While I am glad to be rid of DADT, the new non-discrimination policy does not cover transgenders. So, while a gay man, lesbian or bisexual can't be discharged or denied enlistment or promotion (at least not officially, anyway) on the basis of his or her sexual orientation, transgenders can't remain in the Armed Forces. In fact, even expressing one's gender identity issues can keep a person who wants to enlist out of the Forces, and result in a discharge for someone who's already in. And "coming out" after leaving or retiring from military service--as Autumn Sandeen did--can cause problems in dealing with the Veterans Administration.
What makes changing the military's current ban on transgenders, or others with gender-identity "disorders", difficult is that the ban isn't a law. It's a mandate defined in the Defense Department's "Medical Standards for Appointment, Enlistment or Induction in the Military Service." (See p. 33, paragraph 3-35.) So it can't be ended by popular vote, or even a Congressional mandate. Only the Pentagon can change it, and it's a body that doesn't tend to be swayed much by public opinion. On the other hand, DADT was a Federal law and could, as such, be voted out of existence by Congress.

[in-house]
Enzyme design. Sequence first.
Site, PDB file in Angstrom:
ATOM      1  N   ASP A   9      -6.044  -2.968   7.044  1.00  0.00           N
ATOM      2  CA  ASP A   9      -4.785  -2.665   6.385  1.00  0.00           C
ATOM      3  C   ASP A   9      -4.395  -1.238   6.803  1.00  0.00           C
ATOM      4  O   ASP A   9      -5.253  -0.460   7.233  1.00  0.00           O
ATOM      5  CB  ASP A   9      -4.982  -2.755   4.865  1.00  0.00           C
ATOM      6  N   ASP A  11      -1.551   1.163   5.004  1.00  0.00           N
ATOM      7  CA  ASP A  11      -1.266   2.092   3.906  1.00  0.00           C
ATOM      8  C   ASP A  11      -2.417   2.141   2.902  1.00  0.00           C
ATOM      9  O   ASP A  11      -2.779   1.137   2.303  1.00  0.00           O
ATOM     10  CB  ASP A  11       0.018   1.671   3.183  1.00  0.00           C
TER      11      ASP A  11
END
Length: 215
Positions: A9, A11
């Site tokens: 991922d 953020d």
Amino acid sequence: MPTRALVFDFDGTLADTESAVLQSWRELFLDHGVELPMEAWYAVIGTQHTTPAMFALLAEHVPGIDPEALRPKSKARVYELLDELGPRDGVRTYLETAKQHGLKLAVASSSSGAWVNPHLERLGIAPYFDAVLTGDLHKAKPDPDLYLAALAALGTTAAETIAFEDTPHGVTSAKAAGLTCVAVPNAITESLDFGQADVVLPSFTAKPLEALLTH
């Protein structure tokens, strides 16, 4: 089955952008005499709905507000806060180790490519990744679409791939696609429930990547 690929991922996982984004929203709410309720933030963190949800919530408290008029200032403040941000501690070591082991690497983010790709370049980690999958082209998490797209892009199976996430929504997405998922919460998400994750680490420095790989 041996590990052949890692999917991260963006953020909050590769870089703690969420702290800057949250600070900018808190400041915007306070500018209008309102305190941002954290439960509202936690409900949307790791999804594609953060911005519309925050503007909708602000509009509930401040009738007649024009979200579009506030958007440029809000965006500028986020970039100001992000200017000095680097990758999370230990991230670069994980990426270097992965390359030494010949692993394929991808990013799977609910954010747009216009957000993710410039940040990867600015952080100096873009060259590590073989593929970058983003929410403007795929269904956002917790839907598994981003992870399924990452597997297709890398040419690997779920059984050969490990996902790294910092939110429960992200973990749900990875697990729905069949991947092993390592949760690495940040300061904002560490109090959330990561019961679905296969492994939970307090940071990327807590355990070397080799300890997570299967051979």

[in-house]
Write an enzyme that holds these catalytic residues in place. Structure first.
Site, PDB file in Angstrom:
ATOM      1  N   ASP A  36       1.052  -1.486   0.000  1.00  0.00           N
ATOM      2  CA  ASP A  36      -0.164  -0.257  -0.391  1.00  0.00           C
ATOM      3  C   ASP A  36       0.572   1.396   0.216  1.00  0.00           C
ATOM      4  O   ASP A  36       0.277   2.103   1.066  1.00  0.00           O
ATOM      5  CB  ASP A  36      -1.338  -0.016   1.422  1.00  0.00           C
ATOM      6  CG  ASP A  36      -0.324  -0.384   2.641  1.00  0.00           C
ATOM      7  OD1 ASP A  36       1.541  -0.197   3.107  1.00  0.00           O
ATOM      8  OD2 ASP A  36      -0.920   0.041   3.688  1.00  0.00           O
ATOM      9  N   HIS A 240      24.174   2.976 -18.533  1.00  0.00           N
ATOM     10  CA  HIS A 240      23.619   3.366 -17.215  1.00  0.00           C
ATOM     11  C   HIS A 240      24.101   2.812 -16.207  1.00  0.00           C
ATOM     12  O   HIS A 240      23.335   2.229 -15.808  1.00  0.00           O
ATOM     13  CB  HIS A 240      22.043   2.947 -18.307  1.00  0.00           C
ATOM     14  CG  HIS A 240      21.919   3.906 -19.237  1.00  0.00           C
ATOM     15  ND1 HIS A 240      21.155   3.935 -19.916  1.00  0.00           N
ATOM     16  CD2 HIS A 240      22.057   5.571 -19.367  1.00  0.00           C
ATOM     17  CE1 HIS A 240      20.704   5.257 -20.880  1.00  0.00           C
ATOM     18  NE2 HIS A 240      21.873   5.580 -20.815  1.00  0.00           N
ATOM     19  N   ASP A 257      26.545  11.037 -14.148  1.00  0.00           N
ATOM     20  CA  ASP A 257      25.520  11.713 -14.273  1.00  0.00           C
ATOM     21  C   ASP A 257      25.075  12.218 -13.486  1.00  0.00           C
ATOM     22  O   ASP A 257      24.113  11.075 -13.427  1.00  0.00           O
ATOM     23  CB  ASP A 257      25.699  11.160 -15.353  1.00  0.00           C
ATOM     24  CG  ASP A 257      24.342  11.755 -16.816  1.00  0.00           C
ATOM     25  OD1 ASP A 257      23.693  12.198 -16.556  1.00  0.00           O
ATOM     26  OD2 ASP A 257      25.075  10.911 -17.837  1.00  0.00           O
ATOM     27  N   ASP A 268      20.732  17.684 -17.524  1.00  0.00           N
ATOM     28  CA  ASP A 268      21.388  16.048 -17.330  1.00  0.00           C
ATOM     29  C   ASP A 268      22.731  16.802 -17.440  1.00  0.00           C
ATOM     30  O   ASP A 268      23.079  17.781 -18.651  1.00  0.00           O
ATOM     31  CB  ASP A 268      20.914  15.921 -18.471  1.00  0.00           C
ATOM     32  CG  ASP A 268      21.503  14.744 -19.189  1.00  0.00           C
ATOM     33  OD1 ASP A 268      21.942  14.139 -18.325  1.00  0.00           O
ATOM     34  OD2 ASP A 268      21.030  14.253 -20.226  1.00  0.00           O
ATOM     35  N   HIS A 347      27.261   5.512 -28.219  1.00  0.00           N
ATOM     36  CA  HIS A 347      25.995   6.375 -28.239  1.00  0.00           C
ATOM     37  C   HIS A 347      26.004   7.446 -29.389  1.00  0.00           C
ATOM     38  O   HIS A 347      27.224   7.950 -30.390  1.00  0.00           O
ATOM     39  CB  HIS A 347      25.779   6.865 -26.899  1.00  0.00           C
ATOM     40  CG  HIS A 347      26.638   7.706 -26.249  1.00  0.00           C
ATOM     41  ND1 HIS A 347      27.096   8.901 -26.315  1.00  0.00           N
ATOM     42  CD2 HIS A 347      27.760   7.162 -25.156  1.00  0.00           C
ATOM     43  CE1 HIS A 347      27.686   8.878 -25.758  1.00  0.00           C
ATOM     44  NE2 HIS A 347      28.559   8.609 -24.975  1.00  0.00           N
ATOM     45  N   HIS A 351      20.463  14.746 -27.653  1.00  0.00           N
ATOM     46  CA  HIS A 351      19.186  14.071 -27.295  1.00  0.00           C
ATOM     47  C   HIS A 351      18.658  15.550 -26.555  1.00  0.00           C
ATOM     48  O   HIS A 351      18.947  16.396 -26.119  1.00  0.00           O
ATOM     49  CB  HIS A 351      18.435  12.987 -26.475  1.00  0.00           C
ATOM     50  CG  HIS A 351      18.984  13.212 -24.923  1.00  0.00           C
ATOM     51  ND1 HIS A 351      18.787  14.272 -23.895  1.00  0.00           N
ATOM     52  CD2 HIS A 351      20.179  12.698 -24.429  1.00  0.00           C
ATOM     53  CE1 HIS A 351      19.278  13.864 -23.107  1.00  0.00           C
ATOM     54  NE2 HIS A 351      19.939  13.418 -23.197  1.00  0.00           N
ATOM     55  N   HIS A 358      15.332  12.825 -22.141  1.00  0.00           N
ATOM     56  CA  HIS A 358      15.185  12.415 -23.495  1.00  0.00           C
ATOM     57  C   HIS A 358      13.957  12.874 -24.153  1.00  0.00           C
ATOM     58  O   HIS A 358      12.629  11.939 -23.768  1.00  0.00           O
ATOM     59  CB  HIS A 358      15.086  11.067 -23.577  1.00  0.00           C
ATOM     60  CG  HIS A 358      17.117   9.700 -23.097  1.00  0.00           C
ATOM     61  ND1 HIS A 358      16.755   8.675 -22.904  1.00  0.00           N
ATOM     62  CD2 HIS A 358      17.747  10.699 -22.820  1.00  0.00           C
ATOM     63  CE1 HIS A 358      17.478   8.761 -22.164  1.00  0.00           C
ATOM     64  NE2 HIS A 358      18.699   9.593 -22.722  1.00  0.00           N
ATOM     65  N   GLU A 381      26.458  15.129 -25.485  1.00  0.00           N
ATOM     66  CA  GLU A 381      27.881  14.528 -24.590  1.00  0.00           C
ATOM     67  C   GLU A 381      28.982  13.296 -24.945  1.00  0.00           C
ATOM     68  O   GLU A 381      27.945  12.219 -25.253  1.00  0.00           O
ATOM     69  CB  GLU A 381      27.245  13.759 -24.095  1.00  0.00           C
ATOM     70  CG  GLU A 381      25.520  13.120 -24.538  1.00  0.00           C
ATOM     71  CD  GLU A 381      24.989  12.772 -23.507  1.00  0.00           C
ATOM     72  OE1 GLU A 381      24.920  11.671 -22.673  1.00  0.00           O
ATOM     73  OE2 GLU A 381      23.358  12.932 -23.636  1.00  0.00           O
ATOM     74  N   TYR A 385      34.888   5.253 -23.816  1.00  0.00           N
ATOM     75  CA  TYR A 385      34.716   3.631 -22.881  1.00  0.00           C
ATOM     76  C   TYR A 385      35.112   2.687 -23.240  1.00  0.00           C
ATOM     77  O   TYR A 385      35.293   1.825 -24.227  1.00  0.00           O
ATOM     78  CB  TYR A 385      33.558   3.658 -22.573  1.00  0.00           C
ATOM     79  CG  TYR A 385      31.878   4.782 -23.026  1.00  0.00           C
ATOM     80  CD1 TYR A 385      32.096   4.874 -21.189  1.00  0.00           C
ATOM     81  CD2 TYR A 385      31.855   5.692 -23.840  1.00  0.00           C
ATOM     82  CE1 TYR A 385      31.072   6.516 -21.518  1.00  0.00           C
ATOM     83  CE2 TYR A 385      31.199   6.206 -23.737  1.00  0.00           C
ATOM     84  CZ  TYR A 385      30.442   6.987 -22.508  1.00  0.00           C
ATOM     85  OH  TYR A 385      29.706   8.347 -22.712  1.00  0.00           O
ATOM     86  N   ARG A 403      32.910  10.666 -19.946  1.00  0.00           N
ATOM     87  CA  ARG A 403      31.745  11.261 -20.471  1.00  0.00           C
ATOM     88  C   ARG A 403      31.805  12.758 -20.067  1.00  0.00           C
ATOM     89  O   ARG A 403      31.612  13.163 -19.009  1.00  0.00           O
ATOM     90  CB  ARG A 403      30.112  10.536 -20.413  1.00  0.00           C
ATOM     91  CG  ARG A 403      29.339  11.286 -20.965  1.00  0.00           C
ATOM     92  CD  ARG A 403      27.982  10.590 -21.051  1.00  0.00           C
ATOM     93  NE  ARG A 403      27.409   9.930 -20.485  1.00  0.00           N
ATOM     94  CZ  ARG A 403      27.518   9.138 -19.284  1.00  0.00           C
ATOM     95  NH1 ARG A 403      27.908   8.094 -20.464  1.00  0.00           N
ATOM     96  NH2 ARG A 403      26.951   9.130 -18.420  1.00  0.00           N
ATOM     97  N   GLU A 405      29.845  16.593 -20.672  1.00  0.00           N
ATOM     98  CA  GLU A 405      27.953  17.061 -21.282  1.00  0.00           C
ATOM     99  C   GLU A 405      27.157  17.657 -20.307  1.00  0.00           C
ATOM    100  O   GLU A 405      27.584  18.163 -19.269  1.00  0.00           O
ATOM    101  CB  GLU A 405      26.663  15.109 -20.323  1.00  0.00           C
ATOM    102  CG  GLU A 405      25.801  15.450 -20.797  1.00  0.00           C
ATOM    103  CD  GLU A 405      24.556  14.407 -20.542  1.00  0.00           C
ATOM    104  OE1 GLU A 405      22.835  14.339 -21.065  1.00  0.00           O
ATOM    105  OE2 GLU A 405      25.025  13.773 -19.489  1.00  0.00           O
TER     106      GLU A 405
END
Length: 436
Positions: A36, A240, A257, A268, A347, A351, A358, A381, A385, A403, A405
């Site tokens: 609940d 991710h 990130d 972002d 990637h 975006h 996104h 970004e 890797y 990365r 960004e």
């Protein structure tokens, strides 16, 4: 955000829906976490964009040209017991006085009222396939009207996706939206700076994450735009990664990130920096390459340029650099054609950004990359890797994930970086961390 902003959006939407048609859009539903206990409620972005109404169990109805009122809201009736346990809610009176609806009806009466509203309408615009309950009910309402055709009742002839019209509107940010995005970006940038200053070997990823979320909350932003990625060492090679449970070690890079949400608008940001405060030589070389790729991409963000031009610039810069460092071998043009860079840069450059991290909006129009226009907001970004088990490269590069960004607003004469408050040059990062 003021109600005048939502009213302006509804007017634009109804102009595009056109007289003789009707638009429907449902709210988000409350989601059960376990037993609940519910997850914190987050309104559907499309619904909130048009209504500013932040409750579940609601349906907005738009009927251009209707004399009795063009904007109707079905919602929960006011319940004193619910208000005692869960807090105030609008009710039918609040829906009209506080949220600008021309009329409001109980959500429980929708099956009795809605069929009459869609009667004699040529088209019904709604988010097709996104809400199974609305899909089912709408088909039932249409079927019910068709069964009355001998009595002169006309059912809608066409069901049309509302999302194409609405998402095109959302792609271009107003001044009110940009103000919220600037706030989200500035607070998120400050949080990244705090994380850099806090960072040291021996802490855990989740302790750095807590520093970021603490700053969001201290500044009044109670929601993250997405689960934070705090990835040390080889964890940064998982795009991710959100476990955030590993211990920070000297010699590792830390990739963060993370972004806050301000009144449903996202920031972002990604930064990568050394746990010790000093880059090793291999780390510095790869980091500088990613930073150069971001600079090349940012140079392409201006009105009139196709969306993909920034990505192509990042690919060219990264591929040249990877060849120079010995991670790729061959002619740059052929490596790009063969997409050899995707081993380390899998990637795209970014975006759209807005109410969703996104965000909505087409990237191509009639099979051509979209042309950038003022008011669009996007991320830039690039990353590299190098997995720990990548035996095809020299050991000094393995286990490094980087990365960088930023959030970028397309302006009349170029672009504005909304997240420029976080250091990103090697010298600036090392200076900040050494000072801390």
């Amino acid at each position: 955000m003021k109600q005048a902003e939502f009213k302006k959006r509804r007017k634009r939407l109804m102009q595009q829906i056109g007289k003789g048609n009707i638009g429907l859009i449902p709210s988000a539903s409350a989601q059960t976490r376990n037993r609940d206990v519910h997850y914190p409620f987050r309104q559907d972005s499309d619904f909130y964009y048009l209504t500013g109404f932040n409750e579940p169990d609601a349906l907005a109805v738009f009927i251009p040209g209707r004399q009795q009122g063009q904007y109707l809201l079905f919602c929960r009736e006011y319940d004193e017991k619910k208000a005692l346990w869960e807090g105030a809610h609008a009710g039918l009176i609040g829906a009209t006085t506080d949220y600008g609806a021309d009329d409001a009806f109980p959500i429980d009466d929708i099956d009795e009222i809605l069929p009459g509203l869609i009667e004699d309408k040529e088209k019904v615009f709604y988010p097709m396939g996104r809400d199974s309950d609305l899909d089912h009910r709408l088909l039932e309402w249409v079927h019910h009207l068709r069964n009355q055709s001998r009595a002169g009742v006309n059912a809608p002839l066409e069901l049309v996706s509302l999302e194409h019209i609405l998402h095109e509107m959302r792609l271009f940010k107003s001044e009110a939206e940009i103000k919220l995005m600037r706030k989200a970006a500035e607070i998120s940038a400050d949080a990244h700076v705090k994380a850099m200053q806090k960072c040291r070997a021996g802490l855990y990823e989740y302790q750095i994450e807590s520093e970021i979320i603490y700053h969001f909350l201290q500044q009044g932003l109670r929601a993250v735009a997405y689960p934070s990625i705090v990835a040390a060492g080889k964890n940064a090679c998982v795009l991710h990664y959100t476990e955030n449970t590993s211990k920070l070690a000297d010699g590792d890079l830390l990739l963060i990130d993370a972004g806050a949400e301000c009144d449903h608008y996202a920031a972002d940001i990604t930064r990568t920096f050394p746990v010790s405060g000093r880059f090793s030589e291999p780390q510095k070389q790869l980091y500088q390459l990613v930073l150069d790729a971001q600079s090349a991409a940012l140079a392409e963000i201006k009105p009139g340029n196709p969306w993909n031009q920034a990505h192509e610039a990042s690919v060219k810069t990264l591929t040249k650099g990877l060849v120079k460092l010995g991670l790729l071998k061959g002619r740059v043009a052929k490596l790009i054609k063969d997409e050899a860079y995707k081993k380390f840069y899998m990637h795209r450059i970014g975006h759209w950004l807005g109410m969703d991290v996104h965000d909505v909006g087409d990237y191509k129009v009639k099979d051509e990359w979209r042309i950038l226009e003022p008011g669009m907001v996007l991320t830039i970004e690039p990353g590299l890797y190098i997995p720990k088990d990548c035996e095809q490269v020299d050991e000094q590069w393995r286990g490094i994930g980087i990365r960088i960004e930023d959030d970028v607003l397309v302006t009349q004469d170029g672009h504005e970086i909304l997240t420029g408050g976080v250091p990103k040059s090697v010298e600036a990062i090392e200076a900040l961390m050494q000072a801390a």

This isn't to say that the ban on transgender people won't be repealed. I just think that it's going to be difficult, in part because we're a much smaller community than lesbians, gay men or bisexuals, but also because doing so will require a change in the administrative culture of the Armed Forces. Having a President or other elected officials who favor such a change wouldn't hurt, but wouldn't, in and of itself, be enough.